Not only did the boy live for months, but also went on to fulfil his last wish which was to meet the Dalai Lama. Then on April 6th, at 10:30 at night when she was celebrating her birthday dinner with Hamish, she received a phone call from Alex’s father. Alex was rapidly declining. It was time to say goodbye to him. Without a costume or nose, Fif visited him in Intensive Care. He in his unconscious state, sleeping between his mum and dad, together they offered pizza to the Buddhist deities the boy believed in.
At his funeral, his parents knowing that there will be melancholy songs and sad speeches, also wanted people to remember joy. Alex after all had died laughing and that’s how they wanted to send him away. Fif was entrusted the task to facilitate and be the Master of Ceremonies at the funeral and share laughter as she had done with Alex when he was alive. It was the most difficult thing for Fif to clown and laugh in a packed hall with pin drop silence. She was lost, for the first time not knowing how to laugh. Then Alex’s little brother said, ‘I want the zebra laughter’. And together the whole hall led by Fif laughed and tossed Alex up in the air to give him a grand send off.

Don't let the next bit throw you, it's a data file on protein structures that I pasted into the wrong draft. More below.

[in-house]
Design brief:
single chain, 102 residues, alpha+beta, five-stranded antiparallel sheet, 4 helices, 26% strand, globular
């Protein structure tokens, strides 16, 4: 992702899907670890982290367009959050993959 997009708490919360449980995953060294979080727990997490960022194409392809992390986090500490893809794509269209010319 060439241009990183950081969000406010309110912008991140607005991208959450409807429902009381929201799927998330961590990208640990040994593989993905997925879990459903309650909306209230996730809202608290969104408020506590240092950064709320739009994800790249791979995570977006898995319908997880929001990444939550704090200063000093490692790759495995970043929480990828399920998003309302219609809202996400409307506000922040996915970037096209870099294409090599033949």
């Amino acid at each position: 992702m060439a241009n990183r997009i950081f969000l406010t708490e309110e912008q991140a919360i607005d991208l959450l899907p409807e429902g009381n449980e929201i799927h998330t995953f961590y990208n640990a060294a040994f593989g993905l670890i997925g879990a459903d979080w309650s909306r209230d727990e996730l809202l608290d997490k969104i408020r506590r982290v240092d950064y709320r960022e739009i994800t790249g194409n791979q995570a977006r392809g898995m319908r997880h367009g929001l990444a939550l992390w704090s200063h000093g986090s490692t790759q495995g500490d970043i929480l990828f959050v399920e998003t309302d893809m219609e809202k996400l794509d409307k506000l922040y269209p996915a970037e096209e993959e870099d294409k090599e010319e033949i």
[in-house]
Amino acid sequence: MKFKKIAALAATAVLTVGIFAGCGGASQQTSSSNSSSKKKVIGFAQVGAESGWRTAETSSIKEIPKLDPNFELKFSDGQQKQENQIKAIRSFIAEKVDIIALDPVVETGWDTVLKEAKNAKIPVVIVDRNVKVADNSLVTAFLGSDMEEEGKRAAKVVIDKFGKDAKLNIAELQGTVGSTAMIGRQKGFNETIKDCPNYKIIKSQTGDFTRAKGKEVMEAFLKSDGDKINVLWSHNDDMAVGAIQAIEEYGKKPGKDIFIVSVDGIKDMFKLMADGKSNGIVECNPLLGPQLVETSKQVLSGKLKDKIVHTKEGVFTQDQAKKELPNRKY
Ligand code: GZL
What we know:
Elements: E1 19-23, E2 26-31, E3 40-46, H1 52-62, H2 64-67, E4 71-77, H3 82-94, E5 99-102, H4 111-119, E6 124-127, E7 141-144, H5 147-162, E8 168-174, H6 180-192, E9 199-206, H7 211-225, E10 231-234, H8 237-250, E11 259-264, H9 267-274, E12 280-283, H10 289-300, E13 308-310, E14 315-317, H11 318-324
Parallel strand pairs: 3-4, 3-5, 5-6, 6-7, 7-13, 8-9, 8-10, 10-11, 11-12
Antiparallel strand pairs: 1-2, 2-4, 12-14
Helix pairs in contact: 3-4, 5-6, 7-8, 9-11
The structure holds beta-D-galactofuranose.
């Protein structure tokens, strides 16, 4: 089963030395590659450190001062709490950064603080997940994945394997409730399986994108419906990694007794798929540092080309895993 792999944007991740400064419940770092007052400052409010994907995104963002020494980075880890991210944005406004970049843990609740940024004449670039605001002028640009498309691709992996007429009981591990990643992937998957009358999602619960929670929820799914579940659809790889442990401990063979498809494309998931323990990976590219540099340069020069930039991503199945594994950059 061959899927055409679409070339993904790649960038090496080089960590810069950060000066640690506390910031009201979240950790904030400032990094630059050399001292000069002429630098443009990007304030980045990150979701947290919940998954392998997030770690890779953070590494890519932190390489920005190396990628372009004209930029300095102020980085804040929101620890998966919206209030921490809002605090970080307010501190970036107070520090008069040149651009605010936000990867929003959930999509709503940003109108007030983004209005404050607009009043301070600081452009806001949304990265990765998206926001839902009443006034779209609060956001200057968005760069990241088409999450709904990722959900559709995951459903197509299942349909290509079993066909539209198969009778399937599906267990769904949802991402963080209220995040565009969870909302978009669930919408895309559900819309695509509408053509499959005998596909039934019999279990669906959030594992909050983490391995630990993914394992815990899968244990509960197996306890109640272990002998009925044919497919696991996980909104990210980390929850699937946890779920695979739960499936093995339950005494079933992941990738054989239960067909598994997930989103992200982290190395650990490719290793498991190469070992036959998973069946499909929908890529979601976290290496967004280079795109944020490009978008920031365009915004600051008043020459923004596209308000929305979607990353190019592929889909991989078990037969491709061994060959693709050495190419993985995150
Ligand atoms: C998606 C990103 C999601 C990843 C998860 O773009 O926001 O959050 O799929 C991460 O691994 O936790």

It was 12/12/12, Fif and Hamish landed in Auroville to support the setting up the town which was to be the home of some 50,000 people and was not to be ruled by any Government. This township was to be driven by the charter that Auroville belongs to humanity as a whole, it is a place of unending education and it is a place for the research and embodiment of humanity. Even before leaving, Fif knew she would definitely return to this place. They both kept coming back till they finally decided that once their Moms are gone, they will settle in here. So it happened that one fine day they packed their bags and made Auroville their home.
Ever since then, they have presented programs and collaborated with various hospitals and organisations to spread joy and healing. Aravind Eye Hospital, Saveetha Medical College, EKAM Foundation, Stella Maris College Autonomous to name a few. Together they founded the Komali MeDi Clown Academy which offers professional programs and courses in MeDi Clowning.